Category Archives: unix-linux

Proxy Firefox through a SSH tunnel

Have you ever wanted to visit sites during the day from a location that denied access to those sites? What you need is the ability to create a secure and encrypted ssh connection to tunnel your browser traffic through. If you have access to a remote machine by way of ssh, you can set up Firefox to visit these sites.

The following method is only tested on Windows XP, with cygwin installed.

LOCAL_PORT: localhost port for ssh tunnel
SERVER_NAME: remote machine

  1. set up firefox proxy
    • preferences –> advanced –> network –> settings
    • choose SOCKS v5
    • manual proxy configurations: SOCKS
      • Host: 127.0.0.1:LOCAL_PORT
      • No Proxy for: localhost, 127.0.0.1
      • leave the rest of entries BLANK
  2. set up firefox DNS
    • open “about:config” page in Firefox
    • search “network.proxy.socks_remote_dns”, set the value to “true”
  3. establish ssh tunnel

ssh -C2qTnN -D LOCAL_PORT username@SERVER_NAME

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dpkg: error processing tex-common

Got the problem while installing latex-cjk-chinese

fmtutil-sys failed. Output has been stored in
/tmp/fmtutil.t6EnBlWW
Please include this file if you report a bug.

dpkg: error processing tex-common (--configure):
 subprocess installed post-installation script returned error exit status 1
Errors were encountered while processing:
 tex-common
E: Sub-process /usr/bin/dpkg returned an error code (1)

After checking the file fmtutil.t6EnBlWW, I find the problem is

! I can’t find file `loadhyph-zh-latn.tex’. This is due to the inconsistence between texlive 2011 and tex2012. In tex2012, the file is renamed to `loadhyph-zh-latn-pinyin.tex’. Therefore, the solution is
  1. go to /etc/texmf/hyphen.d
  2. change loadhyph-zh-latn.tex to loadhyph-zh-latn-pinyin.tex
  3. reinstall tex-common

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How to fix Gedit LaTex Plugin error while saving BibTex

Gedit (3.4.1) gives the error below while saving a BibTex file (Ubuntu 12.04). The saving works fine, apart from the error popping up.

'bibtex-error'

  Traceback (most recent call last):
  File "/usr/lib/gedit/plugins/latex/util.py", line 116, in decorated_function
  return function(*args, **kw)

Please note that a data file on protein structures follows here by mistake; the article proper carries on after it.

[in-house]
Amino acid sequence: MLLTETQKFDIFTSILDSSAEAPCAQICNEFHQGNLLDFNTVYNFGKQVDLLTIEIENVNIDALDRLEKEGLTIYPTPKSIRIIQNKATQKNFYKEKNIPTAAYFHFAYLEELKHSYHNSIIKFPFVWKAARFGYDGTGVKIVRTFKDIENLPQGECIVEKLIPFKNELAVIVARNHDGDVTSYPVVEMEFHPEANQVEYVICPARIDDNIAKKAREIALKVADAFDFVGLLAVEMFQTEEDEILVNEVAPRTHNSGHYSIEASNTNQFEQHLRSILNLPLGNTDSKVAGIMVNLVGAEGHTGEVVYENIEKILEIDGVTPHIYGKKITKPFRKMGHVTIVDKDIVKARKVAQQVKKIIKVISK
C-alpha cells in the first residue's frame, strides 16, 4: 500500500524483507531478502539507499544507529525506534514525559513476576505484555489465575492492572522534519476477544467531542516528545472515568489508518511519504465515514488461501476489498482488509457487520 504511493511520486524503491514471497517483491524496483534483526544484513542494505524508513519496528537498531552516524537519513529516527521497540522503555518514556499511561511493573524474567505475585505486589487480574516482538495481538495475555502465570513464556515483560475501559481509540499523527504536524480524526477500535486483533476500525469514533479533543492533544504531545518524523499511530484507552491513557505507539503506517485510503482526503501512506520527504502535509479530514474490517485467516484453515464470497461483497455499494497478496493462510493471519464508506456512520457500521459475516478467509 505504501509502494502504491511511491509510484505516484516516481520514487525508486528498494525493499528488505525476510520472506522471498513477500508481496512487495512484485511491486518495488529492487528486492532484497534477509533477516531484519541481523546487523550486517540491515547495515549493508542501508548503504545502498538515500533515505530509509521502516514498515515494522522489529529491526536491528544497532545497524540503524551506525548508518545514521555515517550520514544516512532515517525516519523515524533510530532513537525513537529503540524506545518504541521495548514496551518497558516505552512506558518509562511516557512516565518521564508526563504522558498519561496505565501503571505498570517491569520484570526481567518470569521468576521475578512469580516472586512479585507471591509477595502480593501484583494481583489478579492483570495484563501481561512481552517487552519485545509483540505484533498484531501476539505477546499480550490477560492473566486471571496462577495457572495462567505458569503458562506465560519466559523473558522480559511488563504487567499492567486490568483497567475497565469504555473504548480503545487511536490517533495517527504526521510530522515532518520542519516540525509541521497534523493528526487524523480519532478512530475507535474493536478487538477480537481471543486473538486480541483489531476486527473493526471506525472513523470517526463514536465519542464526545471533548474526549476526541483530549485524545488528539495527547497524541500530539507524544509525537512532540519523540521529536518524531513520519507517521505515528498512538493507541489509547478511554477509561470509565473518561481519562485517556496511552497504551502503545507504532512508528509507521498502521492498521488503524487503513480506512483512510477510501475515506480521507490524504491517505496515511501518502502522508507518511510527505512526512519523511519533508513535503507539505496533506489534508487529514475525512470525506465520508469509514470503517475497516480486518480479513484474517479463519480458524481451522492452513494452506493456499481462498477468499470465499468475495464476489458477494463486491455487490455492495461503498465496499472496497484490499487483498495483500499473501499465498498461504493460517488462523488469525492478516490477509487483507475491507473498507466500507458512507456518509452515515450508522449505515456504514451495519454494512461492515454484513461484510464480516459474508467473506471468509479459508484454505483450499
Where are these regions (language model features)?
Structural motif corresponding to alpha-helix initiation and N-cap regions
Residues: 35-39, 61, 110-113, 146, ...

File "/usr/lib/gedit/plugins/latex/bibtex/editor.py", line 141, in __parse
  self.remove_markers("bibtex-error")
  File "/usr/lib/gedit/plugins/latex/editor.py", line 493, in remove_markers
  type_record = self._marker_types[marker_type]
  KeyError: 'bibtex-error'

How to fix it?

How to set terminal title dynamically to the current working directory?

It is sometimes helpful to set a terminal window title from a script, so that you can put a couple of reminders of how to do things there. The Xfce4-terminal preference tells me it can be done by setting the “Dynamically-set title” position, but never says how to dynamically put text in the title bar.

Using Zsh

As I’m gradually switching to Zsh, this short post explains how to dynamically set pwd, or current working directory, to xfce terminal in Zsh. Actually, it only contains two steps:

  1. open ~/.zshrc
  2. add the following code
case $TERM in
  xterm*)
    precmd () {print -Pn "\e]0;%~\a"}
    ;;
esac

Let me explain this piece of monstrosity a little bit.

Undefined reference to Sqrt — A quick note to compile SVM-multiclass

When I compiled SVM-multiclass using make, I got an error msg saying “undefined reference to sqrt“. I check the makefile and found that -lm is included in the gcc flags.

The trick here is to put the library AFTER the module you are compiling. The problem is a reference thing. The linker resolves references in order, so when the library is BEFORE the module being compiled, the linker gets confused and does not think that any of the functions in the library are needed. By putting the library AFTER the module, the references to the library in the module are resolved by the linker.

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How To Run Android 4.0 In Virtualbox (Linux)

Sometimes I need to test my app or try some new apps on main Android devices available on the market. Of course I don’t want to install them on my working cellphone. Under such circumstances, I prefer installing a virtual machine on my PC and testing whatever on it. Here in this post, I provide a way to run Android in Virtualbox.

How to convert video using MEncoder

MEncoder is a free command line video decoding, encoding, and filtering tool. As a by-product of MPlayer, it can convert all formats that Mplayer can understand.

install mencoder

sudo apt-get install mencode

avi → mp4

mencoder 1.avi -o 1.mp4 -oac copy -ovc lavc -lavcopts vcodec=mpeg1video -of mpeg
  • o: output file name.
  • oac: audio codecs for encoding. copy does not reencode but just copy compressed frames.
  • ovc: video codecs for encoding. lavc means using one of libavcodec’s video codecs.
  • lavcopts: libavcodec’s video codecs. Here we choose MPEG-1 video.
  • of: output container formats. mpeg means MPEG-1 and MPEG-2 PS.

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